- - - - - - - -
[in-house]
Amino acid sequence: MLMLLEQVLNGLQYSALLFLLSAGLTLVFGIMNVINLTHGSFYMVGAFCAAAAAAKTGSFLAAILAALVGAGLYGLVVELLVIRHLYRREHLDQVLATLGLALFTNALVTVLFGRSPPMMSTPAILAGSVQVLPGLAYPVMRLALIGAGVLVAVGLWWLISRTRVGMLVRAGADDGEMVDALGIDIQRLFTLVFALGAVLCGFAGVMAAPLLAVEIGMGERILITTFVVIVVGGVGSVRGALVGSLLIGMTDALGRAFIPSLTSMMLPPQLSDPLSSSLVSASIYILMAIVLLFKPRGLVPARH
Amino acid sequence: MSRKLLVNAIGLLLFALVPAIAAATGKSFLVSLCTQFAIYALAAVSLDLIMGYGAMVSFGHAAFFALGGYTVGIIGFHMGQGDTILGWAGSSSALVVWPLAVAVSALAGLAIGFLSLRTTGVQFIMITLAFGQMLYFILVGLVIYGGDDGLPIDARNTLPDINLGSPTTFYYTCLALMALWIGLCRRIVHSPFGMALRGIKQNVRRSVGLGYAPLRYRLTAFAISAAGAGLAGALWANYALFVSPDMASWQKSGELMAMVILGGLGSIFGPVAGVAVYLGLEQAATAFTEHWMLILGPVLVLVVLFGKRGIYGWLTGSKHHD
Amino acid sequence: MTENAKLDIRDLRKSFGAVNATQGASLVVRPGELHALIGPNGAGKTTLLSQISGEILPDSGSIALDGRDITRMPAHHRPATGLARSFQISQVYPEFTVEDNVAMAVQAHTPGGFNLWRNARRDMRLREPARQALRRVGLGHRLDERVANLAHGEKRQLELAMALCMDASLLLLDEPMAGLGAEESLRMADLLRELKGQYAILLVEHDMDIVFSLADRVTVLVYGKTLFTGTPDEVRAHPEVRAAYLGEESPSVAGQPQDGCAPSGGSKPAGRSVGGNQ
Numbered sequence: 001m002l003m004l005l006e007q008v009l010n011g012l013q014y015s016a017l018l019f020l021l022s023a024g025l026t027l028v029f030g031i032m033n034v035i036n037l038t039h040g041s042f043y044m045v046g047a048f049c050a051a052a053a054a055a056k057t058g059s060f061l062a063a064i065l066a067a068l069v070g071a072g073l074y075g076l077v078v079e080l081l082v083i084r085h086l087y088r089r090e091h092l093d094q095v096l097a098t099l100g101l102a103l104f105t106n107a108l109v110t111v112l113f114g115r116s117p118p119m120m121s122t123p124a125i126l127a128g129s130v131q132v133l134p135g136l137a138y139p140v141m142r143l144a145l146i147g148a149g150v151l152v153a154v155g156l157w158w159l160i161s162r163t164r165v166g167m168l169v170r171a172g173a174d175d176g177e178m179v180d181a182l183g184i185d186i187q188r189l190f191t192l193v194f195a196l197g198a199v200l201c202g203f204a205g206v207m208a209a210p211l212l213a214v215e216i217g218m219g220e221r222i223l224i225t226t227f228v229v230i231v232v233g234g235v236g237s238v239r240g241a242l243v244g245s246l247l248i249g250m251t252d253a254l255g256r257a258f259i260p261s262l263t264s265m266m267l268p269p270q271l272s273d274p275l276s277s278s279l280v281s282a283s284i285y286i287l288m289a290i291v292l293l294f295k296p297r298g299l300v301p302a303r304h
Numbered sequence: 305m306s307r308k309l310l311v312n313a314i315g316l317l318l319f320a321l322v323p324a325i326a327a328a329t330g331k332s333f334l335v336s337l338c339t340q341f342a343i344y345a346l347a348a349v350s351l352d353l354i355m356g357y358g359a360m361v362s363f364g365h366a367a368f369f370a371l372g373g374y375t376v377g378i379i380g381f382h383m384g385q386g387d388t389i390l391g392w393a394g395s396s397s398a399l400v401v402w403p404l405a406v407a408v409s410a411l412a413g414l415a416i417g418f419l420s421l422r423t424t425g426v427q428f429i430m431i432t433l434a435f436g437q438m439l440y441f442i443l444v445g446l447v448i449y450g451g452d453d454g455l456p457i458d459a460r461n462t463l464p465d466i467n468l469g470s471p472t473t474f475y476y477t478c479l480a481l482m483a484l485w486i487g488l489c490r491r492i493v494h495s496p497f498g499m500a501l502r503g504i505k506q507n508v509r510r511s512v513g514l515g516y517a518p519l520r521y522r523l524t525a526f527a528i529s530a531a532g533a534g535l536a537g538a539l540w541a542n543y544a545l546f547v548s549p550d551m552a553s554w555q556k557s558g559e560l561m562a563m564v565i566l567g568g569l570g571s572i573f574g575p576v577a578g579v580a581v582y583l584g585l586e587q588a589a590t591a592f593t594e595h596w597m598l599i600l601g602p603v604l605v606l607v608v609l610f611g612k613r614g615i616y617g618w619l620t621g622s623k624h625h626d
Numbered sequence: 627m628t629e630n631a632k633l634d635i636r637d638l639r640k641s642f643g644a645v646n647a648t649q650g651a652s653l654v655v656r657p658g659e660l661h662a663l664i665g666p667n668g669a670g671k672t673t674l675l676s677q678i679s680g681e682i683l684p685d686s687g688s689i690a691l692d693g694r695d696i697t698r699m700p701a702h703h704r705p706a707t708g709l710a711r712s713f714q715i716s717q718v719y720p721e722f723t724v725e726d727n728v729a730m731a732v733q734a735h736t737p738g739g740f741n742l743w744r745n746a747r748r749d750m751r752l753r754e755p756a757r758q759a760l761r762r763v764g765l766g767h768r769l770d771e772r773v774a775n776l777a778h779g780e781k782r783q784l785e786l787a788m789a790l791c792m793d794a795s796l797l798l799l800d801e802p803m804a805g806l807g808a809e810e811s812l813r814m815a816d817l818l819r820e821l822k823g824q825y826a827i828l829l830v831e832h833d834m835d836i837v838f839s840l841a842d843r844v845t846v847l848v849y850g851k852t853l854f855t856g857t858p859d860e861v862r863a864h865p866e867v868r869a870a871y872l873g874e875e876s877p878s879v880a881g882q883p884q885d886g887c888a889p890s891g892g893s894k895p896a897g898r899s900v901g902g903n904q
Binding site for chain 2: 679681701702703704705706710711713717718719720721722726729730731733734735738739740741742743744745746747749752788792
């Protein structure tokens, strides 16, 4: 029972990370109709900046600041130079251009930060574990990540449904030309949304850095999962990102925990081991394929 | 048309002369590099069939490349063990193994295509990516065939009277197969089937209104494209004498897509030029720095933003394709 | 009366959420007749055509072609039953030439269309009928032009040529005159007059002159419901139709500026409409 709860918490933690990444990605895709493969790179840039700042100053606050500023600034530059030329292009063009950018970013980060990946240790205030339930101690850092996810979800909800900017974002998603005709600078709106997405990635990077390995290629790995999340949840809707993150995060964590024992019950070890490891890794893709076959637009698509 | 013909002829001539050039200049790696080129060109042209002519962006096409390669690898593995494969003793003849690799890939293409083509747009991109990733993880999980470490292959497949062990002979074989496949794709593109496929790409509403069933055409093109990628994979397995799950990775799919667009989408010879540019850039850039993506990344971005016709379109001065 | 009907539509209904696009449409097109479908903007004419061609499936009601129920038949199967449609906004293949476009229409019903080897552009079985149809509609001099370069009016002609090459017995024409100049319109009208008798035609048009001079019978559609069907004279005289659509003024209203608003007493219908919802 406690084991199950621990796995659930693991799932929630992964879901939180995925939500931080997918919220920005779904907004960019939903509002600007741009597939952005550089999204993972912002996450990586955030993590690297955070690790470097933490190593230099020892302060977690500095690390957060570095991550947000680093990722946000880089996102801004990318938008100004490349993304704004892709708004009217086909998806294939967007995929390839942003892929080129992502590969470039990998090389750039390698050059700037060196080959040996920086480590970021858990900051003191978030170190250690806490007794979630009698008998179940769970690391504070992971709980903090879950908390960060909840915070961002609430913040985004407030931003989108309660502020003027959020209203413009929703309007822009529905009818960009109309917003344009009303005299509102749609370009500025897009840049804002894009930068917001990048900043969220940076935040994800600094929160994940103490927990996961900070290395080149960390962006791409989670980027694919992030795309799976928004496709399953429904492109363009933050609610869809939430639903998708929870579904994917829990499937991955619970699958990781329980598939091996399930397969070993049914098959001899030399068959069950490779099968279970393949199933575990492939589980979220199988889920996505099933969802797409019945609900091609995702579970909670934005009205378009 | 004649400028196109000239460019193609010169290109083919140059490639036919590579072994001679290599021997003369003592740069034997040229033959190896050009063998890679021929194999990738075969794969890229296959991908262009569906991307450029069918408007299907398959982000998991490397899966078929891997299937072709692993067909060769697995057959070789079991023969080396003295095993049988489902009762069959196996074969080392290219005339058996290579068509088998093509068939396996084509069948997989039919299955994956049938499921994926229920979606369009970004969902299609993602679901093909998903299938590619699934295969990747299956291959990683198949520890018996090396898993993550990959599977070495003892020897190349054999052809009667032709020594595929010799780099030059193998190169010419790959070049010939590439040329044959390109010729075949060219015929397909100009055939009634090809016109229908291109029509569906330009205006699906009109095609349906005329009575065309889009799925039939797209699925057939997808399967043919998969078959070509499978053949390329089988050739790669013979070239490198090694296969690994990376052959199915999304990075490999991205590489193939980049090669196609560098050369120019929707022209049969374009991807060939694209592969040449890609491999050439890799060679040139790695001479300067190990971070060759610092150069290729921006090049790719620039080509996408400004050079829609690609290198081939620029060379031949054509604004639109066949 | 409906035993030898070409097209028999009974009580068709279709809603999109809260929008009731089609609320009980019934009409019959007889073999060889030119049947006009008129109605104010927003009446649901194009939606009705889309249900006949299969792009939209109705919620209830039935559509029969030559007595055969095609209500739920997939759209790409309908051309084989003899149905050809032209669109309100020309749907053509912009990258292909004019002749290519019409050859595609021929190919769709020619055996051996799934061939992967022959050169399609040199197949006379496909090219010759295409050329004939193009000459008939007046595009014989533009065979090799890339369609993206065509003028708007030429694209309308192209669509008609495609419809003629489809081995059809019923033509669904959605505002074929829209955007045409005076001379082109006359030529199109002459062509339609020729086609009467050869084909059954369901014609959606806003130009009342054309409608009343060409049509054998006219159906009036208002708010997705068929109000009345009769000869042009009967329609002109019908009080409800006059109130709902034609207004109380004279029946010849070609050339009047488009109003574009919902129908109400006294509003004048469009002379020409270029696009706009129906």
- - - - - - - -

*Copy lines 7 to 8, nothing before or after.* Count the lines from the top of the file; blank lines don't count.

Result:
Numbered sequence: 627m628t629e630n631a632k633l634d635i636r637d638l639r640k641s642f643g644a645v646n647a648t649q650g651a652s653l654v655v656r657p658g659e660l661h662a663l664i665g666p667n668g669a670g671k672t673t674l675l676s677q678i679s680g681e682i683l684p685d686s687g688s689i690a691l692d693g694r695d696i697t698r699m700p701a702h703h704r705p706a707t708g709l710a711r712s713f714q715i716s717q718v719y720p721e722f723t724v725e726d727n728v729a730m731a732v733q734a735h736t737p738g739g740f741n742l743w744r745n746a747r748r749d750m751r752l753r754e755p756a757r758q759a760l761r762r763v764g765l766g767h768r769l770d771e772r773v774a775n776l777a778h779g780e781k782r783q784l785e786l787a788m789a790l791c792m793d794a795s796l797l798l799l800d801e802p803m804a805g806l807g808a809e810e811s812l813r814m815a816d817l818l819r820e821l822k823g824q825y826a827i828l829l830v831e832h833d834m835d836i837v838f839s840l841a842d843r844v845t846v847l848v849y850g851k852t853l854f855t856g857t858p859d860e861v862r863a864h865p866e867v868r869a870a871y872l873g874e875e876s877p878s879v880a881g882q883p884q885d886g887c888a889p890s891g892g893s894k895p896a897g898r899s900v901g902g903n904q
Binding site for chain 2: 679681701702703704705706710711713717718719720721722726729730731733734735738739740741742743744745746747749752788792